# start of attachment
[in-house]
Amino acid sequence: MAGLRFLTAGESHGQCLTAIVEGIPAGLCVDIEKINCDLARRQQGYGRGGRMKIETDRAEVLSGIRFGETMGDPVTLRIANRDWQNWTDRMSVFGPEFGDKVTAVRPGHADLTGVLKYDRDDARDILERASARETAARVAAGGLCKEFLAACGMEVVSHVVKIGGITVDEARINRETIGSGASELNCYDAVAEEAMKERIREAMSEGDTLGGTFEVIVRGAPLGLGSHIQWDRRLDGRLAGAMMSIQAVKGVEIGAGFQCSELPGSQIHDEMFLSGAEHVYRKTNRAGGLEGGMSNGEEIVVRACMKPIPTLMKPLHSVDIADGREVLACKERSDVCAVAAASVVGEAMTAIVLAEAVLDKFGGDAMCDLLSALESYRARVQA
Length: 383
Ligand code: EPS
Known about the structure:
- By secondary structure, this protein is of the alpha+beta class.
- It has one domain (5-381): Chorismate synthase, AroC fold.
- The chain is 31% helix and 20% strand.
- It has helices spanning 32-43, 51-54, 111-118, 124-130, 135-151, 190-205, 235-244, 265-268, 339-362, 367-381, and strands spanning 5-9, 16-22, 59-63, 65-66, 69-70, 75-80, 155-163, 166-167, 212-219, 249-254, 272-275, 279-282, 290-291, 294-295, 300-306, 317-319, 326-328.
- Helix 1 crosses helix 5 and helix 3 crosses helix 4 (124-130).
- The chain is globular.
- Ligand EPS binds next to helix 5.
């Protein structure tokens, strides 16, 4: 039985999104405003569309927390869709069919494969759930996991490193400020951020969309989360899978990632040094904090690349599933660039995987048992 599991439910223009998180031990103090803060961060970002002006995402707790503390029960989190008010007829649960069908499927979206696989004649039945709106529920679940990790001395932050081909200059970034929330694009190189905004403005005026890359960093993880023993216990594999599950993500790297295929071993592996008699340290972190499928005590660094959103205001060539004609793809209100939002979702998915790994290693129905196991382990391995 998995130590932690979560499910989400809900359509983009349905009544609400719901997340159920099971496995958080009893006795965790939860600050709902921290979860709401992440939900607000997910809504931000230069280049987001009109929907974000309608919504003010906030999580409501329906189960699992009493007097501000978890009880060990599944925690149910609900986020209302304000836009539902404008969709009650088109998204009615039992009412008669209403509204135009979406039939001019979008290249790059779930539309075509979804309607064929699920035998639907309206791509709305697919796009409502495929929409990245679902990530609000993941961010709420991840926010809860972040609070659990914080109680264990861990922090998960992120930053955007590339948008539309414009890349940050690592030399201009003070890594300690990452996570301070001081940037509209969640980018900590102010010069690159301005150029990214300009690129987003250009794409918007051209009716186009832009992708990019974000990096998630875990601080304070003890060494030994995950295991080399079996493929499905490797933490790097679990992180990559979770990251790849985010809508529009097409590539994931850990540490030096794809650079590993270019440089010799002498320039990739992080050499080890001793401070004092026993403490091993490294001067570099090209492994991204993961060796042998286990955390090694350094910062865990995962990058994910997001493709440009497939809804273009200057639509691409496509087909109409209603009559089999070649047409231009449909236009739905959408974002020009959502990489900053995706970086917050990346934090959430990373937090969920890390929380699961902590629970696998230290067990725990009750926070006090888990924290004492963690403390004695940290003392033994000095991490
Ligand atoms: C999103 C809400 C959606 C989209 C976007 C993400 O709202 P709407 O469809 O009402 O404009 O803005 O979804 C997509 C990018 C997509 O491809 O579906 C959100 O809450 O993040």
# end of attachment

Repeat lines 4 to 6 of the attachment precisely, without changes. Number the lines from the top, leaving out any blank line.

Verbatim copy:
Ligand code: EPS
Known about the structure:
- By secondary structure, this protein is of the alpha+beta class.